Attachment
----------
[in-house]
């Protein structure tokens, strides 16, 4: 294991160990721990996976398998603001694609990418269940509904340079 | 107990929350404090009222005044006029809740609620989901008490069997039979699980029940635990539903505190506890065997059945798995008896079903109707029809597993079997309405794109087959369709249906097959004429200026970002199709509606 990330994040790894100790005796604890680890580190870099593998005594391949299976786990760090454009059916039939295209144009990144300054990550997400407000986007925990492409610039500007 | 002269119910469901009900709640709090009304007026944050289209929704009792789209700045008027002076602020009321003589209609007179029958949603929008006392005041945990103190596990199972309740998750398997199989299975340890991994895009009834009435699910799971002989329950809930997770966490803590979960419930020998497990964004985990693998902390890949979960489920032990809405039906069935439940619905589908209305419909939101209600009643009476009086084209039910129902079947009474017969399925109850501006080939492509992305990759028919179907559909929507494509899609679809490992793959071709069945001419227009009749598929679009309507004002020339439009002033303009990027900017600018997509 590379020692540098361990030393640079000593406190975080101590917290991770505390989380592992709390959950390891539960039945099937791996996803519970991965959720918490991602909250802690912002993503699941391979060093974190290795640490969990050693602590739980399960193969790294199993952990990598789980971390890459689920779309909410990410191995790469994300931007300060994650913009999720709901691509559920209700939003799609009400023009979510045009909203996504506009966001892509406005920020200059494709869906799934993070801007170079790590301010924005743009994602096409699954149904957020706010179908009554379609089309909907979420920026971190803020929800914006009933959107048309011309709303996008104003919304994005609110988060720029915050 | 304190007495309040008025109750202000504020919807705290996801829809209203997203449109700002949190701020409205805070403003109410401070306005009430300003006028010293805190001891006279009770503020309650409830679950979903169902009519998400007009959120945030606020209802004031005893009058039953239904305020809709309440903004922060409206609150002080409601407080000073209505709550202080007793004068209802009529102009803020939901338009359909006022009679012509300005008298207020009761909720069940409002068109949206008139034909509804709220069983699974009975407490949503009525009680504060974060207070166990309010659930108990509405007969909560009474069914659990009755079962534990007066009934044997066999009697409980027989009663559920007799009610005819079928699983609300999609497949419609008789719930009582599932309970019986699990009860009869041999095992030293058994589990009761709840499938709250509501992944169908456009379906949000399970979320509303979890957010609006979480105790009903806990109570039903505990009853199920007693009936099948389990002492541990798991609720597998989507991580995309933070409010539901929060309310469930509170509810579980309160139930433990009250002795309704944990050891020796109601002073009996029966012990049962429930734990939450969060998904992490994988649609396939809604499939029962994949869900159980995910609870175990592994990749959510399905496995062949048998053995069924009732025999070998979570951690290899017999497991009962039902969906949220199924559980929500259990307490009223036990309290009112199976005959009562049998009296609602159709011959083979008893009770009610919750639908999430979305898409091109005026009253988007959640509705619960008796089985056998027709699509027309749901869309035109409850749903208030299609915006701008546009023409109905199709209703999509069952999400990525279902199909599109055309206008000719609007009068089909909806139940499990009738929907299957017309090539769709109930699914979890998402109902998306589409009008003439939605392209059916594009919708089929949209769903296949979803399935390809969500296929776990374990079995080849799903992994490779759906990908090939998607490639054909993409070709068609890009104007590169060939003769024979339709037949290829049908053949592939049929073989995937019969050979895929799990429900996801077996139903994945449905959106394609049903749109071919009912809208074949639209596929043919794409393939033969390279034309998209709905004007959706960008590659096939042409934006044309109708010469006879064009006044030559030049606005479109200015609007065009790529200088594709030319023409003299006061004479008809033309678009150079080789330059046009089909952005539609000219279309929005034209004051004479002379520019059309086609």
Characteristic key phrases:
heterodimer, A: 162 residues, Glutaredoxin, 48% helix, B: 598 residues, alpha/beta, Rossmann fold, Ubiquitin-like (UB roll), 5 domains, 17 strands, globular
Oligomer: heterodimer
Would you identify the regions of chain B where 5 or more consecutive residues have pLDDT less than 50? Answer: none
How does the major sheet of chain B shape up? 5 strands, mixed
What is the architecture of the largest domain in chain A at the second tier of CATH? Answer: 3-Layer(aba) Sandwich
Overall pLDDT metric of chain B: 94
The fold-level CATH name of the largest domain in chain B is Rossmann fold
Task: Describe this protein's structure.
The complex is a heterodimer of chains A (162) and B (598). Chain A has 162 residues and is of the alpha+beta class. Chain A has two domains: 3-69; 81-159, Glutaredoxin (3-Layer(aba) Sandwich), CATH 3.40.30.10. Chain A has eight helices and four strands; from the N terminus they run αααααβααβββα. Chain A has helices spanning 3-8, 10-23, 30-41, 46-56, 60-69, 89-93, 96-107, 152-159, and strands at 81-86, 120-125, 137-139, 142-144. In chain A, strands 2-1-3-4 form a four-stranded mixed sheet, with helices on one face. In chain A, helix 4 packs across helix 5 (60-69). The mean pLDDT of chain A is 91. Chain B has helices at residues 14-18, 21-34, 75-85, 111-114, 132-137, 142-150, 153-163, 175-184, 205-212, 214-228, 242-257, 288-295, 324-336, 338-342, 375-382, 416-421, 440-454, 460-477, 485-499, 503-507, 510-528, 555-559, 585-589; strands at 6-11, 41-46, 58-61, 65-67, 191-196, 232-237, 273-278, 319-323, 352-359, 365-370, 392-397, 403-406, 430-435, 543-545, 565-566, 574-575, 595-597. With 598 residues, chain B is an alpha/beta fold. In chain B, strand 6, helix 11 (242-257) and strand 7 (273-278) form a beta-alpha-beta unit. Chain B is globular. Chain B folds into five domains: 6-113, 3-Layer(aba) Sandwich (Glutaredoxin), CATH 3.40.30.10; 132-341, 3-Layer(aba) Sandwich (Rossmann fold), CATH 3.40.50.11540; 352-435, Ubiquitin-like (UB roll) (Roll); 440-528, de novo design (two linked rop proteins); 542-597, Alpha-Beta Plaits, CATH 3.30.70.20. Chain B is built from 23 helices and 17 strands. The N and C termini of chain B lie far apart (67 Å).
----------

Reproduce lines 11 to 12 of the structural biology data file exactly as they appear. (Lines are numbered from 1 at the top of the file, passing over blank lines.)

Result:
Task: Describe this protein's structure.
The complex is a heterodimer of chains A (162) and B (598). Chain A has 162 residues and is of the alpha+beta class. Chain A has two domains: 3-69; 81-159, Glutaredoxin (3-Layer(aba) Sandwich), CATH 3.40.30.10. Chain A has eight helices and four strands; from the N terminus they run αααααβααβββα. Chain A has helices spanning 3-8, 10-23, 30-41, 46-56, 60-69, 89-93, 96-107, 152-159, and strands at 81-86, 120-125, 137-139, 142-144. In chain A, strands 2-1-3-4 form a four-stranded mixed sheet, with helices on one face. In chain A, helix 4 packs across helix 5 (60-69). The mean pLDDT of chain A is 91. Chain B has helices at residues 14-18, 21-34, 75-85, 111-114, 132-137, 142-150, 153-163, 175-184, 205-212, 214-228, 242-257, 288-295, 324-336, 338-342, 375-382, 416-421, 440-454, 460-477, 485-499, 503-507, 510-528, 555-559, 585-589; strands at 6-11, 41-46, 58-61, 65-67, 191-196, 232-237, 273-278, 319-323, 352-359, 365-370, 392-397, 403-406, 430-435, 543-545, 565-566, 574-575, 595-597. With 598 residues, chain B is an alpha/beta fold. In chain B, strand 6, helix 11 (242-257) and strand 7 (273-278) form a beta-alpha-beta unit. Chain B is globular. Chain B folds into five domains: 6-113, 3-Layer(aba) Sandwich (Glutaredoxin), CATH 3.40.30.10; 132-341, 3-Layer(aba) Sandwich (Rossmann fold), CATH 3.40.50.11540; 352-435, Ubiquitin-like (UB roll) (Roll); 440-528, de novo design (two linked rop proteins); 542-597, Alpha-Beta Plaits, CATH 3.30.70.20. Chain B is built from 23 helices and 17 strands. The N and C termini of chain B lie far apart (67 Å).